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There is no summary available of the big O notation for operations on the most common data structures including arrays, linked lists, hash tables etc.

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8 Answers 8

I guess I will start you off with the time complexity of a linked list:

Indexing---->O(n)
Inserting / Deleting at end---->O(1) or O(n)
Inserting / Deleting in middle--->O(1) with iterator O(n) with out

The time complexity for the Inserting at the end depends if you have the location of the last node, if you do, it would be O(1) other wise you will have to search through the linked list and the time complexity would jump to O(n).

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The complexity of inserting into the middle of a singularly linked list is O(n). If the list is doubly-linked and you know the node you want to insert at it is O(1) –  Rob Walker Sep 23 '08 at 18:42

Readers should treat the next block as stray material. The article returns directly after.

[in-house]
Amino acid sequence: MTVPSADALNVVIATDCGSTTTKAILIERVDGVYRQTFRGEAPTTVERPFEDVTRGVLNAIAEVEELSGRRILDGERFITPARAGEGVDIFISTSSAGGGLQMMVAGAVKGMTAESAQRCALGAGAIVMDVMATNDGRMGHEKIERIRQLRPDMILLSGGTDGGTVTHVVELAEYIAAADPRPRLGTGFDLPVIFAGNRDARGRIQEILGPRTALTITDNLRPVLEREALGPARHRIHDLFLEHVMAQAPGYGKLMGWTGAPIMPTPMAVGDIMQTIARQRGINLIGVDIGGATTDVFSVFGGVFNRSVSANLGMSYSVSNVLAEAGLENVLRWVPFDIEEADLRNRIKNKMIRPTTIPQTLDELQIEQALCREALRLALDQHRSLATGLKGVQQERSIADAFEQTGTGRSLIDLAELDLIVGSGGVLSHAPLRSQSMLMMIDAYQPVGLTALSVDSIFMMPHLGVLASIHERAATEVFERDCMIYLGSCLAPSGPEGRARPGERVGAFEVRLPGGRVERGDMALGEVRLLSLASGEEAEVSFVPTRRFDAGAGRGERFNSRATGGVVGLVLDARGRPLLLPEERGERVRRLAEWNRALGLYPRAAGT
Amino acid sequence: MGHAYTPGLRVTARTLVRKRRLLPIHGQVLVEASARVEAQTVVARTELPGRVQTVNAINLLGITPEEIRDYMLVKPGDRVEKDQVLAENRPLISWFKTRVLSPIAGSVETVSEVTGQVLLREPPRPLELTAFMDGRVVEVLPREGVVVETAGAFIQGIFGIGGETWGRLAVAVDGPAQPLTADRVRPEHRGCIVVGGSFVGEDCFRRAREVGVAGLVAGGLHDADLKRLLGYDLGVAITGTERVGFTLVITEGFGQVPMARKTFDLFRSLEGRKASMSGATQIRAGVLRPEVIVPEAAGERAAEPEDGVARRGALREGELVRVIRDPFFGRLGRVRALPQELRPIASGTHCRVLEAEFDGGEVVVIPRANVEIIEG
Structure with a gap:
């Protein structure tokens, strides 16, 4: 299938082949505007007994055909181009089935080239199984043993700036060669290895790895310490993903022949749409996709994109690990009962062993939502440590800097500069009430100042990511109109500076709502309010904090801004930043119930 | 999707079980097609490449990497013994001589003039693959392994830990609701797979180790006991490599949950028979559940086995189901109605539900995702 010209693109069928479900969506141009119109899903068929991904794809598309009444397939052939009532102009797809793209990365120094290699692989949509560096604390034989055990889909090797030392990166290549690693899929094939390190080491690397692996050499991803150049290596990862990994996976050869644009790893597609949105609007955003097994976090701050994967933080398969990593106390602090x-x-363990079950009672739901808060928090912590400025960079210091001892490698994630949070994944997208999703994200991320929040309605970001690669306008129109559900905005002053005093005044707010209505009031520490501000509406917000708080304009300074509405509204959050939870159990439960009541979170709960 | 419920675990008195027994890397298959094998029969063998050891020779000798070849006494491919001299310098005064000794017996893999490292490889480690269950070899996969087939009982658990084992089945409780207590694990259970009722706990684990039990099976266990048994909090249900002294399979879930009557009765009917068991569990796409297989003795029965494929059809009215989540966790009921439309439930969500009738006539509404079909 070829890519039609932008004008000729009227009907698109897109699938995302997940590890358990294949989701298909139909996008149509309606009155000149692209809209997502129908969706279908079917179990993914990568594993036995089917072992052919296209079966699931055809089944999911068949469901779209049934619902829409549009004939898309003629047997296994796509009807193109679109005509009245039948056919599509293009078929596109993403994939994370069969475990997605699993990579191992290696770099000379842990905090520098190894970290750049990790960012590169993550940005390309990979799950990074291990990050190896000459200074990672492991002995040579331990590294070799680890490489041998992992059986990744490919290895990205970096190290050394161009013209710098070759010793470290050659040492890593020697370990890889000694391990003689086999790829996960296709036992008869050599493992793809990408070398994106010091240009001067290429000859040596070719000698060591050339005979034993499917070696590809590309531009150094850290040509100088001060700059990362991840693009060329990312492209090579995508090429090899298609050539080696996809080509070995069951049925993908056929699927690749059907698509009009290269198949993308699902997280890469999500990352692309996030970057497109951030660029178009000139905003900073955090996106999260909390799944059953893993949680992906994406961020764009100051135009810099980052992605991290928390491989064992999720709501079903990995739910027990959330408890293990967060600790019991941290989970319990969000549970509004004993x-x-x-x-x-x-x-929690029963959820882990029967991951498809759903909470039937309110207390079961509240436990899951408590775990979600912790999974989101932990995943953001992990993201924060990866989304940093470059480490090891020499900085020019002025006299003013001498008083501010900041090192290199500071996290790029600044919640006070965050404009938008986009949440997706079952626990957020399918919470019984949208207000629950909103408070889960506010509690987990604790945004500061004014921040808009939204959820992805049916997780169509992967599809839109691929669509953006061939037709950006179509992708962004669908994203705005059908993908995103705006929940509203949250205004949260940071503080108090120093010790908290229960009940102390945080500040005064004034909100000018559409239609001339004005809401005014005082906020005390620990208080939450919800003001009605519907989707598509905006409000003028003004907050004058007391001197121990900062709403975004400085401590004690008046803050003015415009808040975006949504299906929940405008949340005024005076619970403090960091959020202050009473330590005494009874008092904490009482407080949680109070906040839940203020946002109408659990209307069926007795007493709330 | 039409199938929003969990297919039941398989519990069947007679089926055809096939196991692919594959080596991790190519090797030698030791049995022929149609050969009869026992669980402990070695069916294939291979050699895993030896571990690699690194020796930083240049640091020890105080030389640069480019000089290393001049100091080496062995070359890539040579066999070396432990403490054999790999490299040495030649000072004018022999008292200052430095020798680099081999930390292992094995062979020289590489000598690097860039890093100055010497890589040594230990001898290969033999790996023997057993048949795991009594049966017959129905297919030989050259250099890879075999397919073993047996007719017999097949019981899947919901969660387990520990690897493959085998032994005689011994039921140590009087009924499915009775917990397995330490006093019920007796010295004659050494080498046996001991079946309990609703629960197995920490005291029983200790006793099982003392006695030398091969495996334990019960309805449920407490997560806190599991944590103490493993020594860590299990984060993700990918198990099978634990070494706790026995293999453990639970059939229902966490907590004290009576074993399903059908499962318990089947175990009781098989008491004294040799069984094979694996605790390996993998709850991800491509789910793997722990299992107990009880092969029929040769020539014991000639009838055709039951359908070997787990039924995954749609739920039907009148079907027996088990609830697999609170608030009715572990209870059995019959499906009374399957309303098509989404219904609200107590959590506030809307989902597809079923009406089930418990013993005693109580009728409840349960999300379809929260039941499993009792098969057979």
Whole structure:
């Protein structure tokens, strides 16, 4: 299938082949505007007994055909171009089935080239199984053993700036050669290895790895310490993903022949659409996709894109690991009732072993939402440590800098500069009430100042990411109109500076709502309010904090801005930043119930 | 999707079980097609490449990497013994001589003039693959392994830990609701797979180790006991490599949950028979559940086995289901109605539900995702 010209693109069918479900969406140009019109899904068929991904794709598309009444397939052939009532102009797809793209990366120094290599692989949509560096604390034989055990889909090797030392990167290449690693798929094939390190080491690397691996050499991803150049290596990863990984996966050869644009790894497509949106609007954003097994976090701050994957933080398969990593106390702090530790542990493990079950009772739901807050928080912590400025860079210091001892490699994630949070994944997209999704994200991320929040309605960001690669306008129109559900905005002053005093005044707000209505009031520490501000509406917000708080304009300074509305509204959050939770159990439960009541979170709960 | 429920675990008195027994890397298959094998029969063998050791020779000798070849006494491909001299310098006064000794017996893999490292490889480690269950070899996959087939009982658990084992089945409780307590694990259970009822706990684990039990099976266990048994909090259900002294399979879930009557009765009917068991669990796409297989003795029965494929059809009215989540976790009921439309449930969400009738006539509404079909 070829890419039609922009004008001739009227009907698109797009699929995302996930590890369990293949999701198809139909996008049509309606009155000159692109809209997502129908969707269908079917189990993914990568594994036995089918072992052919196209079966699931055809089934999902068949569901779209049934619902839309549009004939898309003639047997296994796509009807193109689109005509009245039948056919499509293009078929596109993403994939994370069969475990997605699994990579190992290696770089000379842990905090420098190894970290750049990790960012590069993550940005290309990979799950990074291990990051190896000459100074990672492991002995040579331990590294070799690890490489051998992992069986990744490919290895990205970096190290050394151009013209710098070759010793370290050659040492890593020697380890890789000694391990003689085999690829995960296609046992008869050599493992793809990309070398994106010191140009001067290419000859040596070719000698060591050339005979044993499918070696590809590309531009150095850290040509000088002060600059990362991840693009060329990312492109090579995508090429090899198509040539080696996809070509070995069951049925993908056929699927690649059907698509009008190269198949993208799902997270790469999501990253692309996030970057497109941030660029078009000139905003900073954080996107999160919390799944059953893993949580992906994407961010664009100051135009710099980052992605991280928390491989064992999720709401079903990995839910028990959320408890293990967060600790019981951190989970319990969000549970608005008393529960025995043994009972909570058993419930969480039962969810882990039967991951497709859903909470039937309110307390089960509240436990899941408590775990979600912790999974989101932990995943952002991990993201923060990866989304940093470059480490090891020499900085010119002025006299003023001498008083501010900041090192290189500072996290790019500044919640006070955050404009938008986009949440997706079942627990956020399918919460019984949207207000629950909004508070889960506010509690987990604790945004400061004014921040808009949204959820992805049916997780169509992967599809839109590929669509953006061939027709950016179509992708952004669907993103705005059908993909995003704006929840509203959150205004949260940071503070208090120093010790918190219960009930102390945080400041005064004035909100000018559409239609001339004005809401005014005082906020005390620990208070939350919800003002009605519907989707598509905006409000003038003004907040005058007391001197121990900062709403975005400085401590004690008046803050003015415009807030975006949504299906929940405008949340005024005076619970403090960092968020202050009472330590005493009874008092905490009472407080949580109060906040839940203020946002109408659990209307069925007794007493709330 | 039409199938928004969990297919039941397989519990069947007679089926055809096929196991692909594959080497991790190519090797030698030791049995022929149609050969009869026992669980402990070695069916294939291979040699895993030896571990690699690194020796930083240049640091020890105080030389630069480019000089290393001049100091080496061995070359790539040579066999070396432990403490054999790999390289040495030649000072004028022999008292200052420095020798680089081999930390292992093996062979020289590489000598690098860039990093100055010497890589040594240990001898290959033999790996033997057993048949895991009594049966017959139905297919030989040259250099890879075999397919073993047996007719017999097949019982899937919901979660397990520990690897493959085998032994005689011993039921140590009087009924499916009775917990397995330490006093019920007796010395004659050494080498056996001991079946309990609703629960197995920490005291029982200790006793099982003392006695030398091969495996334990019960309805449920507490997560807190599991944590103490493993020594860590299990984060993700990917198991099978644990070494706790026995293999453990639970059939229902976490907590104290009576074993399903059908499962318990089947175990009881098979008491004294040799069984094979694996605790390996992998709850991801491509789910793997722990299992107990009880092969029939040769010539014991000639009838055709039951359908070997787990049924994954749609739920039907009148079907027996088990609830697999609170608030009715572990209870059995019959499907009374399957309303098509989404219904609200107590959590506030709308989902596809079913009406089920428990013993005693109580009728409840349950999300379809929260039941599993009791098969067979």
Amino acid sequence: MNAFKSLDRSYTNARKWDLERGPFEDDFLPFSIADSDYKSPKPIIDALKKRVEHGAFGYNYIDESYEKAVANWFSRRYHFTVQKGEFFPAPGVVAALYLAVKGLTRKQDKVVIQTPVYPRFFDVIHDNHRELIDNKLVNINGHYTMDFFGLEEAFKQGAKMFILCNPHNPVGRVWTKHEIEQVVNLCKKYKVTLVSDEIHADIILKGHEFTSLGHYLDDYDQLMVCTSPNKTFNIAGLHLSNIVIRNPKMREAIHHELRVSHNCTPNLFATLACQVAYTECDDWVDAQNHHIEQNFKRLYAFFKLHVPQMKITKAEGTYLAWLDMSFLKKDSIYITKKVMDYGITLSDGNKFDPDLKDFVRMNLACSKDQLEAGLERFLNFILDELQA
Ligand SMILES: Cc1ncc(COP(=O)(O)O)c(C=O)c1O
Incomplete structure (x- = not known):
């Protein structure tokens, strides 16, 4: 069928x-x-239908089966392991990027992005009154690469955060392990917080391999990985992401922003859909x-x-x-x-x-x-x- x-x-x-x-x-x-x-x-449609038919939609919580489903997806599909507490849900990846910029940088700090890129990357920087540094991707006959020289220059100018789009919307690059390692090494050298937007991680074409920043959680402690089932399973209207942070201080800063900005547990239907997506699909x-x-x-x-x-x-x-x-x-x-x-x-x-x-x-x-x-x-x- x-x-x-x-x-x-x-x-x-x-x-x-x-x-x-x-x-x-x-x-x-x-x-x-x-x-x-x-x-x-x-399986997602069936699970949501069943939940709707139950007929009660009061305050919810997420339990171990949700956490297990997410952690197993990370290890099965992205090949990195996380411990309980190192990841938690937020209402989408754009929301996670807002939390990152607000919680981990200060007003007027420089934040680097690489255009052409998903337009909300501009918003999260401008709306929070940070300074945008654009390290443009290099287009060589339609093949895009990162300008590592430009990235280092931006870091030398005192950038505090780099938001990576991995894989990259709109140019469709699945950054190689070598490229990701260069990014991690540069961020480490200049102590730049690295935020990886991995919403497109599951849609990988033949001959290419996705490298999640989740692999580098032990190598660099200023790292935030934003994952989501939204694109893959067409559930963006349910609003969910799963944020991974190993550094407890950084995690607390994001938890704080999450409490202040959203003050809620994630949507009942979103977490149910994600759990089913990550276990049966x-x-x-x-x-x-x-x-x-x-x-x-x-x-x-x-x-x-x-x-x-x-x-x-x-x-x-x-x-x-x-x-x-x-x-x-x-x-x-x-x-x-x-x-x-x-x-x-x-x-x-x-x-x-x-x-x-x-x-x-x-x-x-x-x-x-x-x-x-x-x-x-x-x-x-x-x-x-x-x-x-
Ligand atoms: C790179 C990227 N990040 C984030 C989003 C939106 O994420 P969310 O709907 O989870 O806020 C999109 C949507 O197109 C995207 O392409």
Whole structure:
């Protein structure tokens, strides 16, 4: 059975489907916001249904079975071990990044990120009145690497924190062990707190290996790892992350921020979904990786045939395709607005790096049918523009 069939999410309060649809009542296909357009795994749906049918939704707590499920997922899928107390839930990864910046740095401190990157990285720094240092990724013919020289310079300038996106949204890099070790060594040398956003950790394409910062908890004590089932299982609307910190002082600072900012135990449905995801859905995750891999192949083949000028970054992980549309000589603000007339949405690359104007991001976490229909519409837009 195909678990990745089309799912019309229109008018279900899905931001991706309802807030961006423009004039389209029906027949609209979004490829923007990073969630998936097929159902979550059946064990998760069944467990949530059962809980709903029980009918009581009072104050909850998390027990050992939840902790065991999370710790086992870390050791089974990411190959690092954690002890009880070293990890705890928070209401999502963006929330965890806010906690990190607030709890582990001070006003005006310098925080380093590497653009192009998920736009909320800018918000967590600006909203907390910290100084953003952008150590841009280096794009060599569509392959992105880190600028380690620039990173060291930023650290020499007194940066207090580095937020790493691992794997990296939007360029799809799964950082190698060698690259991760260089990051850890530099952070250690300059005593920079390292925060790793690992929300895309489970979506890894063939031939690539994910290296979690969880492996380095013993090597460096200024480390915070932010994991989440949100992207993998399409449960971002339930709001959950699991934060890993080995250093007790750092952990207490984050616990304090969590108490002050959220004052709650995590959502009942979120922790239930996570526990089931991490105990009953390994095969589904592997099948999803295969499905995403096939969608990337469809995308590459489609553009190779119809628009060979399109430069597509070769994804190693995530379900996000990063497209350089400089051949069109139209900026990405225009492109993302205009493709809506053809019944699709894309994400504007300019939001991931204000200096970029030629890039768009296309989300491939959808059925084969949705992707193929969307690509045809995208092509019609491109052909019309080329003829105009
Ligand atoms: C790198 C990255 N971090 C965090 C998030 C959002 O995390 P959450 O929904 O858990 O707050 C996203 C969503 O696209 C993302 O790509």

I had forgot about to add the iterator part. Thanks for pointing it out –  Jose Vega Sep 24 '08 at 0:32
2  
@Rob: it may a silly doubt, but i am not able to understand how can you insert in the doubly linkedlist in O(1)? if i have 1 <-> 2 <-> 3 <-> 4 and if i have to insert 5 between 3 and 4, and all i have is pointer to the head node (i.e. 1) i have to traverse in O(n). am i missing something? –  Bhushan Sep 3 '11 at 16:17
    
The time complexity to insert into a doubly linked list is O(1) if you know the index you need to insert at. If you do not, you have to iterate over all elements until you find the one you want. Doubly linked lists have all the benefits of arrays and lists: They can be added to in O(1) and removed from in O(1), providing you know the index. If the index to insert/remove at is unknown, O(n) is required. Note that finding an element always takes O(n) if your list is unsorted (log(n) otherwise) –  FuriousFolder Jul 28 at 17:39

Information on this topic is now available on Wikipedia at: Search data structure

+----------------------+----------+------------+----------+--------------+
|                      |  Insert  |   Delete   |  Search  | Space Usage  |
+----------------------+----------+------------+----------+--------------+